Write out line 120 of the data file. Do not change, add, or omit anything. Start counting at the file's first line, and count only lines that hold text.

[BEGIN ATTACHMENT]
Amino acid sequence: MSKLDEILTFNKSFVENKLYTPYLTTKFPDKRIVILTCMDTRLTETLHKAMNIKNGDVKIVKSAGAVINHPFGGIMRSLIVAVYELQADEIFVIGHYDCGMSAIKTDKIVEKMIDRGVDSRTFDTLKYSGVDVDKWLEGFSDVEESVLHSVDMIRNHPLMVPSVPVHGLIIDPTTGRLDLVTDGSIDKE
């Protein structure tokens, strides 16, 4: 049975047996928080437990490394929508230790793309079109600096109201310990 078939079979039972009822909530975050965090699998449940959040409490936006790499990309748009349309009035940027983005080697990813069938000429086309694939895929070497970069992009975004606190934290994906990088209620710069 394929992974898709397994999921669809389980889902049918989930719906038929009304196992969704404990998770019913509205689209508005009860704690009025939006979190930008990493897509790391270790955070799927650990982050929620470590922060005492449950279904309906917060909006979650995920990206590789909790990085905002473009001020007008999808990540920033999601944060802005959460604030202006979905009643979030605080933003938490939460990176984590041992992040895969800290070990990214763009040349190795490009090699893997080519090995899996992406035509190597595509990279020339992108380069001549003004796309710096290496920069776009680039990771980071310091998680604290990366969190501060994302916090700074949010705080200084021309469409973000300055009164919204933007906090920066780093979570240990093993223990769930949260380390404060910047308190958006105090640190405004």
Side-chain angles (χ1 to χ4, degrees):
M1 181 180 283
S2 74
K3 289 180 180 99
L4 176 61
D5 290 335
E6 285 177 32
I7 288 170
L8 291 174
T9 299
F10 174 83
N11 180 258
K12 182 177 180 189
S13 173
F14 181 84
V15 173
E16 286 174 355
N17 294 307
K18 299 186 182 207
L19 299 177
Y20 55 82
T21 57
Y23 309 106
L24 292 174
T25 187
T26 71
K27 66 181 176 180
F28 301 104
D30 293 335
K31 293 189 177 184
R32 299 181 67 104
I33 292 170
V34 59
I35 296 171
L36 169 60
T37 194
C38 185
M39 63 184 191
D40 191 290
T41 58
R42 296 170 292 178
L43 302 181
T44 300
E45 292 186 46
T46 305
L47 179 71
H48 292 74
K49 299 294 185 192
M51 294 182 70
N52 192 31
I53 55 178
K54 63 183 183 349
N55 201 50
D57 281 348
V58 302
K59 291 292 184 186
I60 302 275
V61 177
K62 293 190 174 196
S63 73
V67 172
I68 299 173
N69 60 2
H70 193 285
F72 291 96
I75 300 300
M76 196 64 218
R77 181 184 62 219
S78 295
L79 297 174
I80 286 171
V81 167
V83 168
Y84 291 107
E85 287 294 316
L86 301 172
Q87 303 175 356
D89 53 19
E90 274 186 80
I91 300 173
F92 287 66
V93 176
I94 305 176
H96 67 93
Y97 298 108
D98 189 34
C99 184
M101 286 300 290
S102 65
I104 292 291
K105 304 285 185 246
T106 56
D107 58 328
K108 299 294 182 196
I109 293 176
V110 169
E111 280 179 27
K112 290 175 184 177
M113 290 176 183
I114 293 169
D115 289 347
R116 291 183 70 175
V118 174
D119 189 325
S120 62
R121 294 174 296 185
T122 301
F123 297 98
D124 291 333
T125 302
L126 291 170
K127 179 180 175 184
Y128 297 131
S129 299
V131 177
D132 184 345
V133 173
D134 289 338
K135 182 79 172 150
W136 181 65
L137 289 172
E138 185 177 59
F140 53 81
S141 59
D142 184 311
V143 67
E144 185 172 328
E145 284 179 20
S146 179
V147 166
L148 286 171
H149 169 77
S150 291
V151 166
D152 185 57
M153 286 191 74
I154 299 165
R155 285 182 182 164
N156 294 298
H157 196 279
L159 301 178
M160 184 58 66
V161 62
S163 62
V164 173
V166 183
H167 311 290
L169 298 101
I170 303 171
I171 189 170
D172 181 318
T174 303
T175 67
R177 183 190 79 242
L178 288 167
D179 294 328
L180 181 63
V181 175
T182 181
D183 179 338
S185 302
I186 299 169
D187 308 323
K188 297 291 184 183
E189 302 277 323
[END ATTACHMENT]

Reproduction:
D134 289 338